The crisis reached its boiling point early last month. The reformers were able to secure a new loan pledge from the International Monetary Fund to stave off immediate financial threats and pay for the reform program. At the same time, the oligarch-controlled banks, highly indebted to foreign creditors and sitting on a mountain of devalued government securities, teetered on the brink of insolvency. As always, the tycoons looked to the government to bail them out of their self-created mess. Kiriyenko's government responded by devaluing the ruble, in effect, and declaring a moratorium on paying ruble-denominated debt. Why an otherwise sensible government made such disastrous and ill-timed decisions remains unclear.

In any case, the oligarchs used the shock created by the devaluation and default to get rid of the reformist government altogether and install leaders more to their liking. The most powerful and odious of the oligarchs, Boris A. Berezovsky, said to be close to Yeltsin's daughter, Tatiana, and his head of administration, Valentin Yumashev, evidently prevailed on a physically and mentally deteriorating president to fire Kiriyenko and appoint Chernomyrdin as acting prime minister. The foundation of this astounding political coup included major concessions to the Communist majority in the Duma, a scaling down of economic reform, curtailment of the president's constitutional powers and a power-sharing arrangement, all in return for a quick approval of Chernomyrdin's candidacy.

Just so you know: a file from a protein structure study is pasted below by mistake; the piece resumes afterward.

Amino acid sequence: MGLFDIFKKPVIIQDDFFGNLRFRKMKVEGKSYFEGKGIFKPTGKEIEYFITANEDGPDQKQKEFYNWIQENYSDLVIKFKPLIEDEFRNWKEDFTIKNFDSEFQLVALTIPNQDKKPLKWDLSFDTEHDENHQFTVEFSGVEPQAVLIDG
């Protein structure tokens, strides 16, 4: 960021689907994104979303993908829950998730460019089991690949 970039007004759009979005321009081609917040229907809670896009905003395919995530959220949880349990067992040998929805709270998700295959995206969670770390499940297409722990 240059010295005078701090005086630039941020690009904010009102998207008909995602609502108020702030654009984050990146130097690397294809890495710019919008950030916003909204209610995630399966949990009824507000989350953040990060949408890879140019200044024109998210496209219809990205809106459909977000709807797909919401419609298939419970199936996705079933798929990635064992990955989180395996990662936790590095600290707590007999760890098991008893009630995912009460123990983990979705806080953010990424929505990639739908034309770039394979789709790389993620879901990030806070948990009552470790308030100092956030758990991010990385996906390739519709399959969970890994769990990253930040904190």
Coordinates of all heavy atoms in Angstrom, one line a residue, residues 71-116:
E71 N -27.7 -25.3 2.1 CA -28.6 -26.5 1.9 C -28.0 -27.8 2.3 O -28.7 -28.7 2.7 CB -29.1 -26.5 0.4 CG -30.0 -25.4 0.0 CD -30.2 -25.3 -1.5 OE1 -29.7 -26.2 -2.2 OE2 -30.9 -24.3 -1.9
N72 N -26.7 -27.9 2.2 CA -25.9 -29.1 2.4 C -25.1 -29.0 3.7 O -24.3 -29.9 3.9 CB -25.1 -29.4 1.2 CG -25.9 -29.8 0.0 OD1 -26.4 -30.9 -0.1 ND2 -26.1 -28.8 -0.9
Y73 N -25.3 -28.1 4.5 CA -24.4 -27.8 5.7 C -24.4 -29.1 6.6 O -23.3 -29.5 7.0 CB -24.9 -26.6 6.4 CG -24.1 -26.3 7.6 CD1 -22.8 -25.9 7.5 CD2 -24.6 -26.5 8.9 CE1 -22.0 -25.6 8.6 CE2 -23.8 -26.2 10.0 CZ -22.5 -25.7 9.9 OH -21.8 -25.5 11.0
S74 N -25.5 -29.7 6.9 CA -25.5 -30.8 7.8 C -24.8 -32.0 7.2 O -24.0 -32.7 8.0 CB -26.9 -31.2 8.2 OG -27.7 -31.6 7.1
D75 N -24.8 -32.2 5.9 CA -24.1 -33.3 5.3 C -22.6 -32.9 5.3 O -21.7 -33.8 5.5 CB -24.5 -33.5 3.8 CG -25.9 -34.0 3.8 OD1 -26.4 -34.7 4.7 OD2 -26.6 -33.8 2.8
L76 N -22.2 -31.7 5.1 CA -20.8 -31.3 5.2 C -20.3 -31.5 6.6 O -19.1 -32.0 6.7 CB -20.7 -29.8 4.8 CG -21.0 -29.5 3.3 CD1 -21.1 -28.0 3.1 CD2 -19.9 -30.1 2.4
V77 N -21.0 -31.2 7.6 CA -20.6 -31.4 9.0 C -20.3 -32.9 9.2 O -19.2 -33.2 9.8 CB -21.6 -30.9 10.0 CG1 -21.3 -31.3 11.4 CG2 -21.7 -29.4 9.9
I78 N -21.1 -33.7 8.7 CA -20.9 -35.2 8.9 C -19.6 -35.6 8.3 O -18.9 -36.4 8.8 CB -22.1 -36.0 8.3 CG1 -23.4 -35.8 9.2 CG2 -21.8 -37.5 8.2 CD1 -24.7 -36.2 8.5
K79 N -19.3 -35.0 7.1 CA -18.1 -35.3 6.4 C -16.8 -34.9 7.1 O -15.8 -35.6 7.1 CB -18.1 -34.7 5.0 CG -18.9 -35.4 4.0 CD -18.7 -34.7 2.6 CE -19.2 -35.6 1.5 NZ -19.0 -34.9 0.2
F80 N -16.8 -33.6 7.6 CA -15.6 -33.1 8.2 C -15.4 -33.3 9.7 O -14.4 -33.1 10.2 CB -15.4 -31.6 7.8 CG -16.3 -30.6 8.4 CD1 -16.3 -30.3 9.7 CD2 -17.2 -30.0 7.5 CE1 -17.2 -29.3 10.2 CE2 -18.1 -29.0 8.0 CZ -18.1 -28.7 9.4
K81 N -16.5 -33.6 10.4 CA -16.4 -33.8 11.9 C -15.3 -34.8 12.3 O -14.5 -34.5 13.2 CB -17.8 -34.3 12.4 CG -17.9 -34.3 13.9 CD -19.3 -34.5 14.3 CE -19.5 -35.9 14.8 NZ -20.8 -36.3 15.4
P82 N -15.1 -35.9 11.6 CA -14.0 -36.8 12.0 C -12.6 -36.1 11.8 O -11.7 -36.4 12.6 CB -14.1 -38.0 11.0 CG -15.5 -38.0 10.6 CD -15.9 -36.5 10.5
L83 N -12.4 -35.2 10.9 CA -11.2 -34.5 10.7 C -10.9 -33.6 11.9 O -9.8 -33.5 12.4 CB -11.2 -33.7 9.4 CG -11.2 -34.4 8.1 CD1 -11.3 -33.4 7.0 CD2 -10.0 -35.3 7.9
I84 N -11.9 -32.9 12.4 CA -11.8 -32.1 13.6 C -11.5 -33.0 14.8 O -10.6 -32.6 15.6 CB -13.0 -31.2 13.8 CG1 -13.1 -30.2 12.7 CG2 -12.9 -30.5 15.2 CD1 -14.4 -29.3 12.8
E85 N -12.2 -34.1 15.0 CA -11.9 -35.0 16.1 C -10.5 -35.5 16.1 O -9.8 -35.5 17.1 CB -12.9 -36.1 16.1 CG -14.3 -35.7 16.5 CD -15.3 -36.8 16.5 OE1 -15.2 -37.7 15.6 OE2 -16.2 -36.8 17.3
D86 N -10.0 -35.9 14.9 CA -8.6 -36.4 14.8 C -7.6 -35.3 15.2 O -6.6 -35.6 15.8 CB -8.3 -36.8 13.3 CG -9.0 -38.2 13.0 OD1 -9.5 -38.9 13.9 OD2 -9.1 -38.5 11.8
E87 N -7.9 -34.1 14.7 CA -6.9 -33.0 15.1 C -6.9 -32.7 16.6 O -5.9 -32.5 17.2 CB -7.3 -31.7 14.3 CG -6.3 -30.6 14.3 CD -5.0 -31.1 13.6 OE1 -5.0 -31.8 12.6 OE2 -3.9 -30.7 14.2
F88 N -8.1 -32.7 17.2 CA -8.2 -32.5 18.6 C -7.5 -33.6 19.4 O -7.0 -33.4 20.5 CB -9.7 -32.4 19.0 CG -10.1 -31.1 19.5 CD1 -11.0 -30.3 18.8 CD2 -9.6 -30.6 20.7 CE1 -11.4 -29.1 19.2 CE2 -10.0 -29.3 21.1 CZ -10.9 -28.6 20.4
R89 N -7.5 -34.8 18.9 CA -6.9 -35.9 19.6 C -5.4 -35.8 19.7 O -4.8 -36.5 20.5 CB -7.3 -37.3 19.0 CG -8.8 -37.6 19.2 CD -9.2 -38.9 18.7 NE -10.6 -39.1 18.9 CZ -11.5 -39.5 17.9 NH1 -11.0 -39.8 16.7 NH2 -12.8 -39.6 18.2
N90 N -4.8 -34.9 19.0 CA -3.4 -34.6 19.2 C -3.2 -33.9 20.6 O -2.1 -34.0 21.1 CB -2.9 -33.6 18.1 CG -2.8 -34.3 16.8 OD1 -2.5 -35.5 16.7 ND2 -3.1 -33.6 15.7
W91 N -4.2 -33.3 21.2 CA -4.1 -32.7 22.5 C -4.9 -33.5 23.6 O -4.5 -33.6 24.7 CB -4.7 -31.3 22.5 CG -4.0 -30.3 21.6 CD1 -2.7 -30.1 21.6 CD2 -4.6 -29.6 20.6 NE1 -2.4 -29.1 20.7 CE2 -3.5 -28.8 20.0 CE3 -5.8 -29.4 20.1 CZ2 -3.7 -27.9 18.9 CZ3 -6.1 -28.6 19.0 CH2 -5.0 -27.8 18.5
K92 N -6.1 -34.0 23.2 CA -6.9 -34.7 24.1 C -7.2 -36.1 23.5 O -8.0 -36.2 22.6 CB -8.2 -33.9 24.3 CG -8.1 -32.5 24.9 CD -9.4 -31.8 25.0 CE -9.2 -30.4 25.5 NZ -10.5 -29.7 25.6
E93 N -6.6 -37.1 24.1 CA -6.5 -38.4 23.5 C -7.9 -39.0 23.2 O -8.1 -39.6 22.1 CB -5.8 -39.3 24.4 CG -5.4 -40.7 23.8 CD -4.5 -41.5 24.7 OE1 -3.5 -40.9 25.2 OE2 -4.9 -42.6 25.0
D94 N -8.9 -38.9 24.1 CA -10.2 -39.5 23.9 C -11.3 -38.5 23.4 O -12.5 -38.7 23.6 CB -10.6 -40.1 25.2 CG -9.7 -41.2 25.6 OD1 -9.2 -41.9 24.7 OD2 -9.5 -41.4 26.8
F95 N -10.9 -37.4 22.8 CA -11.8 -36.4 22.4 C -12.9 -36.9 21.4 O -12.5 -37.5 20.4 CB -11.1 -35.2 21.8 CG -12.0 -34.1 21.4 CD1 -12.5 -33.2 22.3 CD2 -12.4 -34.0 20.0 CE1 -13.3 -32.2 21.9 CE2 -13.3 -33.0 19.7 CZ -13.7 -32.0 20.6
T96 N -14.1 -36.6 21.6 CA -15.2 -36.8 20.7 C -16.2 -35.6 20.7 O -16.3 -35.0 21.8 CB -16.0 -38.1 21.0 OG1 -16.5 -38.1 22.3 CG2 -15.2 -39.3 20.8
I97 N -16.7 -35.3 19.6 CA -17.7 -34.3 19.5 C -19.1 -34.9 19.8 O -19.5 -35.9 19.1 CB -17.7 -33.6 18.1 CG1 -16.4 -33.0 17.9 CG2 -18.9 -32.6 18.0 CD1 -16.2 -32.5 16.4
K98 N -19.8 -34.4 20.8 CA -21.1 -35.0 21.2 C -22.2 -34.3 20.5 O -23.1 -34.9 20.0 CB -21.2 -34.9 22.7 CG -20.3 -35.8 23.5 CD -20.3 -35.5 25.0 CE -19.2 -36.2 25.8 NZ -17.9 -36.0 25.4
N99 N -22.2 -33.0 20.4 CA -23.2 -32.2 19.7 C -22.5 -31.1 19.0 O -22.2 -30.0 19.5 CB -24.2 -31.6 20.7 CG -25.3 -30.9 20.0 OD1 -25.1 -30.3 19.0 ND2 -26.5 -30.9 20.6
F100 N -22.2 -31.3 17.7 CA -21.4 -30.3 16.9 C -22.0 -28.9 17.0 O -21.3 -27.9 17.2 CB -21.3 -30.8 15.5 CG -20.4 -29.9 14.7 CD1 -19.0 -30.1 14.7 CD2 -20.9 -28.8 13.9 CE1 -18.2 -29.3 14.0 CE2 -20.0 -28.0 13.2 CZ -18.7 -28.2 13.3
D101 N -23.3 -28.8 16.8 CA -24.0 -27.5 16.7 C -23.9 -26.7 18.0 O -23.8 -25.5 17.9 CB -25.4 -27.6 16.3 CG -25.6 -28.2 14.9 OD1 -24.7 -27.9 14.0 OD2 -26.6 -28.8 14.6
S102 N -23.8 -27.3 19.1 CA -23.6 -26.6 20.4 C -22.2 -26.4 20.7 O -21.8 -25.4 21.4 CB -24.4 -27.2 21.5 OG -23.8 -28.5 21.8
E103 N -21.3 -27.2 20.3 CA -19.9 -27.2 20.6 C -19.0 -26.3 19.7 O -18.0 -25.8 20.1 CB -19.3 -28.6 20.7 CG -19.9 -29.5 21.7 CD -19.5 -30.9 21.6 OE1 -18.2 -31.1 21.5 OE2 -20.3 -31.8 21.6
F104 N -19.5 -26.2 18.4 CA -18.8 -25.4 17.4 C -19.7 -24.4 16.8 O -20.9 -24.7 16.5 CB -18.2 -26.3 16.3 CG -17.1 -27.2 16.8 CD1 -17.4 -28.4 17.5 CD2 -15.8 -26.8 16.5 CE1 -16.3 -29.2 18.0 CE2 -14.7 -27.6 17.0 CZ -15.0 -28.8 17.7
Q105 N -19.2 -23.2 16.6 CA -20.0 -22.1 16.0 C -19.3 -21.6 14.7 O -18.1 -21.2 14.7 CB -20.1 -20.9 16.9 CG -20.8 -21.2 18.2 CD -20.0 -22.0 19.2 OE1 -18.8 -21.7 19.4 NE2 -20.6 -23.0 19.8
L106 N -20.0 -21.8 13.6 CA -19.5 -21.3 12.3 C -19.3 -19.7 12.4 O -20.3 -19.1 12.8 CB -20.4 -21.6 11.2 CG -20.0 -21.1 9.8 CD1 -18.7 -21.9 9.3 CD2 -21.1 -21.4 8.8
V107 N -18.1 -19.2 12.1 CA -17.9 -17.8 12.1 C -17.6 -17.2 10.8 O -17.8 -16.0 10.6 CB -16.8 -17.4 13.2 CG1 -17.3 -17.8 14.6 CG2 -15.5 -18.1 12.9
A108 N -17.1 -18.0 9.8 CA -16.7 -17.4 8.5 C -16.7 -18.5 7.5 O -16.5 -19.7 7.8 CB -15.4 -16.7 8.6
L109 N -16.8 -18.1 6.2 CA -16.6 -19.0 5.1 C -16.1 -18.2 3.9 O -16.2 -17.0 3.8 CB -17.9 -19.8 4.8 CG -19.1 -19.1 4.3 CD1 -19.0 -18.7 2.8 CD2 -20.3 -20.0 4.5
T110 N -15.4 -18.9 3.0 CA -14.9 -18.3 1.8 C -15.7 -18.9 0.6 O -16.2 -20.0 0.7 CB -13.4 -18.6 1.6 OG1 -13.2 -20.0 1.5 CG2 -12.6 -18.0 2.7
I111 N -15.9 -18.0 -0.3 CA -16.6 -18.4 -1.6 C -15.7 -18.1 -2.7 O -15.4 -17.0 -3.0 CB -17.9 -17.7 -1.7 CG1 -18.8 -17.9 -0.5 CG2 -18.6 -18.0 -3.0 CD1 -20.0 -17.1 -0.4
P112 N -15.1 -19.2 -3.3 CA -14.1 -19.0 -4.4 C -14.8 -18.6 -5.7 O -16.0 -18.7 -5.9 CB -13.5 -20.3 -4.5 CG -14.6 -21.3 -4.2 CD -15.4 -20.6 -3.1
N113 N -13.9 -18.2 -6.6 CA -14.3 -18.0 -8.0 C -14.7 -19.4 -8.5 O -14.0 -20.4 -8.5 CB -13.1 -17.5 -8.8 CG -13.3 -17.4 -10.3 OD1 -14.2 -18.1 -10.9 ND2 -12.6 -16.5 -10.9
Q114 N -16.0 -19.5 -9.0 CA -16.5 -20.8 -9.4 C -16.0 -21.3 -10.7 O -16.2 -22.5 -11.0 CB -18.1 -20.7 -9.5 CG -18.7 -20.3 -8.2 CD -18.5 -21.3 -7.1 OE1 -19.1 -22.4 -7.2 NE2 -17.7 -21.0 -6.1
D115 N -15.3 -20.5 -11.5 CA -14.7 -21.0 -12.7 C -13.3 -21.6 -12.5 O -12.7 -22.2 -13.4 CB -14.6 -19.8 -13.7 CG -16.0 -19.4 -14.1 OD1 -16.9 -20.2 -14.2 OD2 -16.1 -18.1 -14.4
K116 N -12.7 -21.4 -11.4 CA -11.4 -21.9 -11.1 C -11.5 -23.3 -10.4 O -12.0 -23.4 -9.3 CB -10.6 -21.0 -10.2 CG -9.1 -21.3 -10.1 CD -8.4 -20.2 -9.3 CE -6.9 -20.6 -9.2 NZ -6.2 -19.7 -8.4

The Communists eagerly embraced the scheme but had no intention of dancing to Berezovsky's tune. Instead, they regarded the crisis as a once-in-a-lifetime opportunity to do away with Yeltsin and his reformers and take power through the back door. Contrary to the oligarchs' belief, the Communists had not become politically domesticated. Indeed, the party has grown progressively radicalized. The catalyst was the recent election of Alexander I. Lebed in Krasnoyarsk, along with the realization that the party could lose its core support if its opposition to Yeltsin was perceived as less than staunch. In Krasnoyarsk, the Communist-sympathetic electorate and the local party leadership, openly defying explicit instructions from Moscow, voted for Lebed en masse, securing his victory.

The Communists' price for cooperating with Yeltsin was near-extortion. It included a return to a quasi-socialist economic model and the effective political emasculation of the president, de facto control of the Communist-dominated Duma over ministerial appointments and dismissals, and increased "public control" of the media. It was astounding that Chernomyrdin and Yeltsin's representatives signed this "political agreement" and even more astounding that Gennady A. Zyuganov, the Communist leader, could not get his party to honor its own proposals, simply because Yeltsin had refused to step down immediately. Chernomyrdin's rejection by the Duma clearly shows that, failing to get one of their handpicked candidates nominated, the Communists are behaving in accordance with the Leninist dictum "the worse, the better." Apparently, they believe a new proletarian revolution will soon sweep them to power.